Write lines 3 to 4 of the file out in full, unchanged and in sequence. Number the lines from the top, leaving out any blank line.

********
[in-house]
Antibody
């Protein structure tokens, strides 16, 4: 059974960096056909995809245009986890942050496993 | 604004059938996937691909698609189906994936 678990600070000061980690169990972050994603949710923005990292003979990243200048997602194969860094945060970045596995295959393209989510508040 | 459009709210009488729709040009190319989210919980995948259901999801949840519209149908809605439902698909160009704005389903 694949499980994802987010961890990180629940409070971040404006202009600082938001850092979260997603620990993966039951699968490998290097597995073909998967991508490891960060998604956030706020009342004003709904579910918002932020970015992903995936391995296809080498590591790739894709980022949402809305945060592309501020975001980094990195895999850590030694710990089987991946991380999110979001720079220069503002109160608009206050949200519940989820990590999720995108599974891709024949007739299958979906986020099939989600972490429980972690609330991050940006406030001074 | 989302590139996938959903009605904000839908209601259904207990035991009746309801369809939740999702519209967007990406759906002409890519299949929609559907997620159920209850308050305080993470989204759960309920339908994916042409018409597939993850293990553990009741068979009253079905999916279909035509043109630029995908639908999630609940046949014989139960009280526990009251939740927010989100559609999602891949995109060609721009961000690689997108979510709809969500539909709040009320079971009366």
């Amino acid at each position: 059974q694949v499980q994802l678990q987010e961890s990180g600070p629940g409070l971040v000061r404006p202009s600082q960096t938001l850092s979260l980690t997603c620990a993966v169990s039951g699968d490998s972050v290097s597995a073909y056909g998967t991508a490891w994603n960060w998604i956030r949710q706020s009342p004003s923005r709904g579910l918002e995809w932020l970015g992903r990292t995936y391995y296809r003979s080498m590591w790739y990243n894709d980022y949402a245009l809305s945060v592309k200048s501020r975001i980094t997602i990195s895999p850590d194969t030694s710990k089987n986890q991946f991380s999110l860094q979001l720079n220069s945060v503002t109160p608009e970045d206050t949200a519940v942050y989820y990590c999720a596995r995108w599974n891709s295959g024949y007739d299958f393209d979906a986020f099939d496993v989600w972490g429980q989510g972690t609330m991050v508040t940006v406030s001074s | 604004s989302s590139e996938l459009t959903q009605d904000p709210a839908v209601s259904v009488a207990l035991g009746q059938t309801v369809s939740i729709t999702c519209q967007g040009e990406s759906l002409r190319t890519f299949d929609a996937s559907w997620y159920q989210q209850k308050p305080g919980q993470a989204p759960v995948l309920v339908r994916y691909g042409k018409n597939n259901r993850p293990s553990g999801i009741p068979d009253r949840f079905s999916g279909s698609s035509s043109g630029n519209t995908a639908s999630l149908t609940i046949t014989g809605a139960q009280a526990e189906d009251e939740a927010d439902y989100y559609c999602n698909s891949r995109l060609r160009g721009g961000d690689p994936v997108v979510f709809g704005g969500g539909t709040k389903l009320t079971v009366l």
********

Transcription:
């Protein structure tokens, strides 16, 4: 059974960096056909995809245009986890942050496993 | 604004059938996937691909698609189906994936 678990600070000061980690169990972050994603949710923005990292003979990243200048997602194969860094945060970045596995295959393209989510508040 | 459009709210009488729709040009190319989210919980995948259901999801949840519209149908809605439902698909160009704005389903 694949499980994802987010961890990180629940409070971040404006202009600082938001850092979260997603620990993966039951699968490998290097597995073909998967991508490891960060998604956030706020009342004003709904579910918002932020970015992903995936391995296809080498590591790739894709980022949402809305945060592309501020975001980094990195895999850590030694710990089987991946991380999110979001720079220069503002109160608009206050949200519940989820990590999720995108599974891709024949007739299958979906986020099939989600972490429980972690609330991050940006406030001074 | 989302590139996938959903009605904000839908209601259904207990035991009746309801369809939740999702519209967007990406759906002409890519299949929609559907997620159920209850308050305080993470989204759960309920339908994916042409018409597939993850293990553990009741068979009253079905999916279909035509043109630029995908639908999630609940046949014989139960009280526990009251939740927010989100559609999602891949995109060609721009961000690689997108979510709809969500539909709040009320079971009366």
């Amino acid at each position: 059974q694949v499980q994802l678990q987010e961890s990180g600070p629940g409070l971040v000061r404006p202009s600082q960096t938001l850092s979260l980690t997603c620990a993966v169990s039951g699968d490998s972050v290097s597995a073909y056909g998967t991508a490891w994603n960060w998604i956030r949710q706020s009342p004003s923005r709904g579910l918002e995809w932020l970015g992903r990292t995936y391995y296809r003979s080498m590591w790739y990243n894709d980022y949402a245009l809305s945060v592309k200048s501020r975001i980094t997602i990195s895999p850590d194969t030694s710990k089987n986890q991946f991380s999110l860094q979001l720079n220069s945060v503002t109160p608009e970045d206050t949200a519940v942050y989820y990590c999720a596995r995108w599974n891709s295959g024949y007739d299958f393209d979906a986020f099939d496993v989600w972490g429980q989510g972690t609330m991050v508040t940006v406030s001074s | 604004s989302s590139e996938l459009t959903q009605d904000p709210a839908v209601s259904v009488a207990l035991g009746q059938t309801v369809s939740i729709t999702c519209q967007g040009e990406s759906l002409r190319t890519f299949d929609a996937s559907w997620y159920q989210q209850k308050p305080g919980q993470a989204p759960v995948l309920v339908r994916y691909g042409k018409n597939n259901r993850p293990s553990g999801i009741p068979d009253r949840f079905s999916g279909s698609s035509s043109g630029n519209t995908a639908s999630l149908t609940i046949t014989g809605a139960q009280a526990e189906d009251e939740a927010d439902y989100y559609c999602n698909s891949r995109l060609r160009g721009g961000d690689p994936v997108v979510f709809g704005g969500g539909t709040k389903l009320t079971v009366l």